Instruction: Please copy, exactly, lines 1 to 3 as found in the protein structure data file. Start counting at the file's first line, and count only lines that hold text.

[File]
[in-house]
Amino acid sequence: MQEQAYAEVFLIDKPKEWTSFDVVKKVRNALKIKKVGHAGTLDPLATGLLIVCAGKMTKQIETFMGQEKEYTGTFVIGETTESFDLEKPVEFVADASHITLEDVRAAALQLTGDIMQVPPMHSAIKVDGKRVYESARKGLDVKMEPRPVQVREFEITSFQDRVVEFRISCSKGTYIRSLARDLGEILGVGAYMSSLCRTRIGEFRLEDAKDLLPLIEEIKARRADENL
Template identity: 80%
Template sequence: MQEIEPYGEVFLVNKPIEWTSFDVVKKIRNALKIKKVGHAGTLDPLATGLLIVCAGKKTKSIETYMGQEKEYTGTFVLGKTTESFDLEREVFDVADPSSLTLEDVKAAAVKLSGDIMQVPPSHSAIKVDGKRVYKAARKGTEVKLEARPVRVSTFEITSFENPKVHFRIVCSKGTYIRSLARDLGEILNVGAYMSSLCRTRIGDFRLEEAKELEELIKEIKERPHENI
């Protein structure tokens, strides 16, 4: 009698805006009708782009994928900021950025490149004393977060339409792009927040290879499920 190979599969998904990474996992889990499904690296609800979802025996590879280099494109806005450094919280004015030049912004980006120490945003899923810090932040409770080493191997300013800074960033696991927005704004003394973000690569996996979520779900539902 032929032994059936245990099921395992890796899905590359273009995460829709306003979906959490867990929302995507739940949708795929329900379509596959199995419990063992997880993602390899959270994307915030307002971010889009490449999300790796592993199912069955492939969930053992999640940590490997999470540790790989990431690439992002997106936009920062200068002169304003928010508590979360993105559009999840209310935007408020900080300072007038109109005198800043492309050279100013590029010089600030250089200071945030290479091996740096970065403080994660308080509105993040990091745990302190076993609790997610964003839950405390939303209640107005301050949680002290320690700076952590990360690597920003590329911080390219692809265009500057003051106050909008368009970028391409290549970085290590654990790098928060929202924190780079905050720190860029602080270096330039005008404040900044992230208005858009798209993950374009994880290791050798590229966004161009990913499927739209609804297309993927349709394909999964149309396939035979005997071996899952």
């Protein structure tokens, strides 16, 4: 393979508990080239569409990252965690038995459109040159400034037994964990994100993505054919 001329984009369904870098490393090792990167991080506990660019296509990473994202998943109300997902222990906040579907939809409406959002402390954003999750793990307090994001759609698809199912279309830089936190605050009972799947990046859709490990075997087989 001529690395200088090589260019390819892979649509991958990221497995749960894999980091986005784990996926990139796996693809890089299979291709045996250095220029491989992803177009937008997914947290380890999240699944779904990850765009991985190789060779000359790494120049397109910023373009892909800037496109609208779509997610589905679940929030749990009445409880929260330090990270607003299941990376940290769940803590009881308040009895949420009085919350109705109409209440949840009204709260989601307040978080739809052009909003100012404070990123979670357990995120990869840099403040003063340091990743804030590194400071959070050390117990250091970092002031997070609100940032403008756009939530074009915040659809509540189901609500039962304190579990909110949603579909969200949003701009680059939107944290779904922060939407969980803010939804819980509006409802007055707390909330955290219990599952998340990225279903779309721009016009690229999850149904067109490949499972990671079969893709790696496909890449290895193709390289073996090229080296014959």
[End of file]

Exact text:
[in-house]
Amino acid sequence: MQEQAYAEVFLIDKPKEWTSFDVVKKVRNALKIKKVGHAGTLDPLATGLLIVCAGKMTKQIETFMGQEKEYTGTFVIGETTESFDLEKPVEFVADASHITLEDVRAAALQLTGDIMQVPPMHSAIKVDGKRVYESARKGLDVKMEPRPVQVREFEITSFQDRVVEFRISCSKGTYIRSLARDLGEILGVGAYMSSLCRTRIGEFRLEDAKDLLPLIEEIKARRADENL
Template identity: 80%